In my airshow ‘career’, I have witnessed displays of many fighters, all of the American ‘teen-series’, European 4th gen fighters, MiGs and even the famed F-22 Raptor. Yet when I’ve seen Su-35S for the first time, display what it’s capable of, it was like a cherry on top of the Flanker cake. Here’s a photo of the first Su-35S prototype I made at MAKS 2011.

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So you can imagine my excitement, when I first heard that Hasegawa announced the release of this version in gentleman’s scale. A few months later, HLJ enabled the preorders, and the kit arrived early August. As you can expect from Hasegawa, the plastic is crisply moulded and full of detail.

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As you can see the raised detail is very crisp. I was comparing the side consoles layout with the photos of the real thing and Hasegawa nailed it almost to a button! Hats off. However not everything’s perfect. Two big Multi Function Displays on the instrument panel should be rectangular, not square and there are side(wall) consoles missing. The latter is not such a big deal as with cockpit installed, you won’t see much inside anyway.

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K-36 seat is nice. Not surprisingly harnesses are missing but as I will use a pilot, that doesn’t bother me at all. And if you wanna improve this section, there’s tons of aftermarket K36s out there.

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Ejection seat finished. Nice touch are head rest placards decals. Ejection seat handle was made from 0.19mm copper wire as the supplied one is of wrong shape (inverted bell) and too thick. Also notice that painting diagram is wrong – instructions want you to paint whole seat black, while newer version of the seat use olive-green fabric instead of black leather.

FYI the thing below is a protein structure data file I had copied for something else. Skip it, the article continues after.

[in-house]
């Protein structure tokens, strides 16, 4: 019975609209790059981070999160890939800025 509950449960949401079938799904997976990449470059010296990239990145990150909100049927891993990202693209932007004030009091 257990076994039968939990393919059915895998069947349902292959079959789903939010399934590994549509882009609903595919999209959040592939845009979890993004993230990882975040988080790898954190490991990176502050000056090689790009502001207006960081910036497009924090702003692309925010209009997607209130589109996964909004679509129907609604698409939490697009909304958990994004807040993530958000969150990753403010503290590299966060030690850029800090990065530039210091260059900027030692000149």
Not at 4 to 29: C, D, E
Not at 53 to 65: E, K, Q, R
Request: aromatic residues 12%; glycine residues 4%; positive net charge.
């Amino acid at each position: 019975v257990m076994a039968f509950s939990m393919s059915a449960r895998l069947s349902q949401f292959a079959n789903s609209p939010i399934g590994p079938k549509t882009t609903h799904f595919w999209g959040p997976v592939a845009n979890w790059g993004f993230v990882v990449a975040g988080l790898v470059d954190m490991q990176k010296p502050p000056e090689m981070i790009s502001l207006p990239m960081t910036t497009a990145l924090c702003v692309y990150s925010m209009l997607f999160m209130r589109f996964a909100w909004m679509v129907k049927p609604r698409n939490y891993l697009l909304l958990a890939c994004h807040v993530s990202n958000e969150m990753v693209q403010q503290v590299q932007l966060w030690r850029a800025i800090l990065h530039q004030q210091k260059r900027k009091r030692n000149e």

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There is an option to use decals for side consoles and instrument panels, but unfortunately they are mostly wrong, as all panels are painted black with white buttons, like on american fighters, while Flanker’s cockpit is a bit more colourful. I have used a few decals though, for the radio station and for all the MFD’s. One little detail I’ve added were new better shaped rudder pedals and the bare metal area before them. Won’t be visible in the end, but it’s there 😉

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The ejection seat and instrument panel fit without problems.

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Meat Boris! You actually get two pilot figures in the kit and they’re very nicely moulded as you can see. With positionable head and arms, there’s no problem positioning him to have his hands on HOTAS.

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Mandatory coin comparison check!

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And as I said before, while you install the pit, there’s not much left to be seen of those beautiful details.

 

Till the next time!

Finally finished. I am not completely satisfied with the end result. Too much time has passed, since I’ve began this project, Revell moulds have deteriorated quite a lot, Model Alliance decals failed on me, so I had to resort to ALPS printed HaHen ones, which aren’t bad, but not great. In the end, even the base was making me problems – I wanted to recreate water surface with clear silicone but unfortunately I realized, that it dried in the tube so I was left without. I improvised a bit and tried making water with PVA (wood) glue – again the result is not the best, but it will do.

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Thanks for watching!